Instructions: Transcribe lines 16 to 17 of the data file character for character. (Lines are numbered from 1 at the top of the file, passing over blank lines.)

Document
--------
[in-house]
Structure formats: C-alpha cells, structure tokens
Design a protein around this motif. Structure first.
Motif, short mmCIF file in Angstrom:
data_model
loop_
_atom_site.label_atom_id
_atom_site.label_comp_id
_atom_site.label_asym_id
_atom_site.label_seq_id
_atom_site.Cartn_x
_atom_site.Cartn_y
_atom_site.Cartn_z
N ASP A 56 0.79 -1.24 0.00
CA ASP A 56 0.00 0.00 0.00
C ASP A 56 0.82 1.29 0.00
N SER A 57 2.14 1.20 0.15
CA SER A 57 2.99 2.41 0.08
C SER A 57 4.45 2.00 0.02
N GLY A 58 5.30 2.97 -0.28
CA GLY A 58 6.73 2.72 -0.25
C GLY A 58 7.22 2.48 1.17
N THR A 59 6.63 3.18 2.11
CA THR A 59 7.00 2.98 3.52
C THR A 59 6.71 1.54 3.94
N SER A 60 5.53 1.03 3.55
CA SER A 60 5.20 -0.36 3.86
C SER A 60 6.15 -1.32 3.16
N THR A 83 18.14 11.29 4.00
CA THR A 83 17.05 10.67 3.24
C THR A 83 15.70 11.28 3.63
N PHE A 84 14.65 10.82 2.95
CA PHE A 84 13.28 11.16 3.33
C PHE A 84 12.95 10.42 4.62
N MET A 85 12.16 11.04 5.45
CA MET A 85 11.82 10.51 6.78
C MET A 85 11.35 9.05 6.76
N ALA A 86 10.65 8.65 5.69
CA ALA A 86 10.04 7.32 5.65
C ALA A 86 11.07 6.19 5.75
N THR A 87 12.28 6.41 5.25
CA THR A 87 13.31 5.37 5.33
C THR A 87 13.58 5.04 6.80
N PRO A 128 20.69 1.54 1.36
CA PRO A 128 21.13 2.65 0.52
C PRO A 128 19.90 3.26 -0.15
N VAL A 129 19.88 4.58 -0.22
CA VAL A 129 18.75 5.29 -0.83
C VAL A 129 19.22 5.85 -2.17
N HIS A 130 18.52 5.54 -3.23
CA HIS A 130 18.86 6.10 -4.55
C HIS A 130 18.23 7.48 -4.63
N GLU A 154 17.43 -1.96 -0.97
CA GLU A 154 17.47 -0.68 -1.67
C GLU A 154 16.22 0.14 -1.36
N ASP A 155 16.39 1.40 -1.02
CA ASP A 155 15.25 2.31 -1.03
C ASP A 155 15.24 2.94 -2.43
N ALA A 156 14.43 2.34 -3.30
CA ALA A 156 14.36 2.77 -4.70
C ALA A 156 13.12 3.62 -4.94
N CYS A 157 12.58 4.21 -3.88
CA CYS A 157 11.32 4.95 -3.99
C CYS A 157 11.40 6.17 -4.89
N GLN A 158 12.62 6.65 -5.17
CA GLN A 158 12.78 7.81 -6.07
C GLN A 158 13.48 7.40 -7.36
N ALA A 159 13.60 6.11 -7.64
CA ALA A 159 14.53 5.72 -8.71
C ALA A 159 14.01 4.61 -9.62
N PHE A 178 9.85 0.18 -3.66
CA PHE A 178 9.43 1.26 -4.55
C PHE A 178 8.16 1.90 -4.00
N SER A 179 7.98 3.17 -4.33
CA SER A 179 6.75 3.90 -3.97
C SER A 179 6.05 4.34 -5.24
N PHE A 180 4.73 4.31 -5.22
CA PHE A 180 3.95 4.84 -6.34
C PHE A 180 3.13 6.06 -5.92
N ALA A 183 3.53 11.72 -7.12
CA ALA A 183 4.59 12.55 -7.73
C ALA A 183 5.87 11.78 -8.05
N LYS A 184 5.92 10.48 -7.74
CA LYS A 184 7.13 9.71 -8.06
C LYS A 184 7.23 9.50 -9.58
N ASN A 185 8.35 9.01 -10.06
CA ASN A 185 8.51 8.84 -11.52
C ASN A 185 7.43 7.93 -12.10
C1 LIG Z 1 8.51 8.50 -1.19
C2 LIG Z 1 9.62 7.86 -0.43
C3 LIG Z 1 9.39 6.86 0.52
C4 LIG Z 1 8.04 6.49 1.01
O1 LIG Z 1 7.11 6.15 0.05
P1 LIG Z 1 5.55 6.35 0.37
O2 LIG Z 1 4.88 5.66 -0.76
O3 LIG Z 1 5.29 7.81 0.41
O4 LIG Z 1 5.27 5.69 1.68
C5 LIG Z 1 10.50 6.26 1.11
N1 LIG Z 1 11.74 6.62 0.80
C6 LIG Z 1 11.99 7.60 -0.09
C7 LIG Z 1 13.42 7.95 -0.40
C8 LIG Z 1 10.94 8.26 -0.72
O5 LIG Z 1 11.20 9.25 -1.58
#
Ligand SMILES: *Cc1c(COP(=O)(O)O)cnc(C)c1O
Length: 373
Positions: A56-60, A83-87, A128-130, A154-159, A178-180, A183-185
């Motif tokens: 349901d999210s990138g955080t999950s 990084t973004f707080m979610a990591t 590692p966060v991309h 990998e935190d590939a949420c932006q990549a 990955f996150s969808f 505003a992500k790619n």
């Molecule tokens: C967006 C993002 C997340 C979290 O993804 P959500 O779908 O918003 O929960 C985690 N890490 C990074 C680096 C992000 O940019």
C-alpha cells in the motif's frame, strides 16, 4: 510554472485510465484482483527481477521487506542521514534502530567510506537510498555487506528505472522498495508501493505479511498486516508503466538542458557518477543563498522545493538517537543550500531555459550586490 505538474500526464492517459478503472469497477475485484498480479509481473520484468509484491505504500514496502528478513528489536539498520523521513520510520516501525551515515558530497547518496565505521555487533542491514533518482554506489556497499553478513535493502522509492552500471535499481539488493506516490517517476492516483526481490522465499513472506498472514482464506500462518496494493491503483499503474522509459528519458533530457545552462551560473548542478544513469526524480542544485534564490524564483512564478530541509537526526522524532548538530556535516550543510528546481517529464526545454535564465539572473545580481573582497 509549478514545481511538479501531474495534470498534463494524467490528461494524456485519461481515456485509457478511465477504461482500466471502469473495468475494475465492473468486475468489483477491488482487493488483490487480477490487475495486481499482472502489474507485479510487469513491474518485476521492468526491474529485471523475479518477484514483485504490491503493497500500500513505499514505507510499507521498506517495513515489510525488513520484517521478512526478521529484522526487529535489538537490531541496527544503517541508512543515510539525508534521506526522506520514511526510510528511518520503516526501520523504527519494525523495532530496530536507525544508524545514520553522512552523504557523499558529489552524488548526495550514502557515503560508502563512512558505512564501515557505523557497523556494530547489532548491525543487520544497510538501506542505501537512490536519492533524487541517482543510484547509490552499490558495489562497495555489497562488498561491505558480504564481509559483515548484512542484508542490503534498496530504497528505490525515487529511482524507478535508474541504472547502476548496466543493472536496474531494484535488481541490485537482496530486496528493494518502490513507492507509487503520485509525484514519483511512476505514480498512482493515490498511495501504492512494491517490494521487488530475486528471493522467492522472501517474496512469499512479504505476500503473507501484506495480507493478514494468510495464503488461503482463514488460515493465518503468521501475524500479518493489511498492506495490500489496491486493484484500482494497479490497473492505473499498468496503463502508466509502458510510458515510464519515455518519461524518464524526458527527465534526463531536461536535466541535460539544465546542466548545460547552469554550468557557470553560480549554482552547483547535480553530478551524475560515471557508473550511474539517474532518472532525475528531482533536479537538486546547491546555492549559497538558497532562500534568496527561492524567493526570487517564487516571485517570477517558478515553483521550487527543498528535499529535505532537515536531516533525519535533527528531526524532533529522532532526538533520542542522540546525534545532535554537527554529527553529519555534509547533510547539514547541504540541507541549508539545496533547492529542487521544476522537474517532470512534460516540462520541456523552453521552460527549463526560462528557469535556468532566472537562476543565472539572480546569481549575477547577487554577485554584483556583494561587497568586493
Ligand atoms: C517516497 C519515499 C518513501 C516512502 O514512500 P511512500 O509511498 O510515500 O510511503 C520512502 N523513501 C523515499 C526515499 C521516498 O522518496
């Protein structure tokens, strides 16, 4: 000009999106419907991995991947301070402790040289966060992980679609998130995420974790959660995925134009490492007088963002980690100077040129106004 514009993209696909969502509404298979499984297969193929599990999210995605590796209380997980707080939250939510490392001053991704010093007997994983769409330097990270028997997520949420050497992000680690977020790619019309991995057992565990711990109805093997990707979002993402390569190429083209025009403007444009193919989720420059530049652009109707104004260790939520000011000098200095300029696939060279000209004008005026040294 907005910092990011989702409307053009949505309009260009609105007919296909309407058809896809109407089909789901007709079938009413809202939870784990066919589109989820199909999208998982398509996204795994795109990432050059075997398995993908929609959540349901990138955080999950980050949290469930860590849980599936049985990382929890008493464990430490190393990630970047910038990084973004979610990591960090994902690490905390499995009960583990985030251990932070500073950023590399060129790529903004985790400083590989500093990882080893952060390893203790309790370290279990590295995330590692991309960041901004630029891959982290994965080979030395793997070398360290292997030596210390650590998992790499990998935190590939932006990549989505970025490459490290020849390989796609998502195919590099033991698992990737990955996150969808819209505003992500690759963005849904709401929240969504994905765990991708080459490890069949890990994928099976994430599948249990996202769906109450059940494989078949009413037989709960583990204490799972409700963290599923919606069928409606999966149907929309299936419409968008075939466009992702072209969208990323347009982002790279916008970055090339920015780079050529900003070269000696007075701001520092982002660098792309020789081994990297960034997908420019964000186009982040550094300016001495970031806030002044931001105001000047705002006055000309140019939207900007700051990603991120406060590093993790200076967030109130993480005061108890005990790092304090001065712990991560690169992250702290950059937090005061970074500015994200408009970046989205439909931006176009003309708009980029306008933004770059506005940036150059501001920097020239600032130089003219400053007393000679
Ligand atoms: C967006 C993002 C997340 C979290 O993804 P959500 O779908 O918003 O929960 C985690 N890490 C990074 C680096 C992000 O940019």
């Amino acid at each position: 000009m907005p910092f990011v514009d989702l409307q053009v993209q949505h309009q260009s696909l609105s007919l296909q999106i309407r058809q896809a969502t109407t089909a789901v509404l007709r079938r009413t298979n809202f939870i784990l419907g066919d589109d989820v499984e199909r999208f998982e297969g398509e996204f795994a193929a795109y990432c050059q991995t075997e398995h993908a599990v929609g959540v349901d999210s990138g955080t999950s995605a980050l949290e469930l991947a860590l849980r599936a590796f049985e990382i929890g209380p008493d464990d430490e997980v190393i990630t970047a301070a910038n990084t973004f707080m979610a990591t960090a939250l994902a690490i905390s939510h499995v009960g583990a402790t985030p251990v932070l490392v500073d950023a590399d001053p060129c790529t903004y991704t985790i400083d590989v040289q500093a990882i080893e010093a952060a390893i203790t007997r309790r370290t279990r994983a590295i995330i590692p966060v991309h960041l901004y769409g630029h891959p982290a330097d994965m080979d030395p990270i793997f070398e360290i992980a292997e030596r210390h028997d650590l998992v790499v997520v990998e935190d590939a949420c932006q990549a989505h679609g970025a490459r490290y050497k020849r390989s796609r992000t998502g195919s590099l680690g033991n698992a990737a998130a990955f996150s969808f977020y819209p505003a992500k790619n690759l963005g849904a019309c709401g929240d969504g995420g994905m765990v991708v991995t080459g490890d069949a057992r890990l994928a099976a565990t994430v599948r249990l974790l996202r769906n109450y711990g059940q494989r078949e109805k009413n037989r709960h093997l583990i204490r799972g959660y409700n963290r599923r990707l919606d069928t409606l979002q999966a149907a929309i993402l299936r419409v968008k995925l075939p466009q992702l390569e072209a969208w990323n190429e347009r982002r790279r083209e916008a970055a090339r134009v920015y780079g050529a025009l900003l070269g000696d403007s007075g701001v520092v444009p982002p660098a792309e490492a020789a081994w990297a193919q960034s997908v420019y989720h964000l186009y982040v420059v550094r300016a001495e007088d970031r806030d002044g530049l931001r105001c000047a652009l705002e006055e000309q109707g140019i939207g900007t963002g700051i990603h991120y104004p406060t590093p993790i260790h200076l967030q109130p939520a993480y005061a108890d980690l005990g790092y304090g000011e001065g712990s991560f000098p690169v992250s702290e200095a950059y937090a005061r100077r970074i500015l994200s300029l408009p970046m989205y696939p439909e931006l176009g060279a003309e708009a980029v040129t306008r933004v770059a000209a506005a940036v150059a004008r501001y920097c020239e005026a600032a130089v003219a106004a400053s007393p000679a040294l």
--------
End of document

C ASP A 56 0.82 1.29 0.00
N SER A 57 2.14 1.20 0.15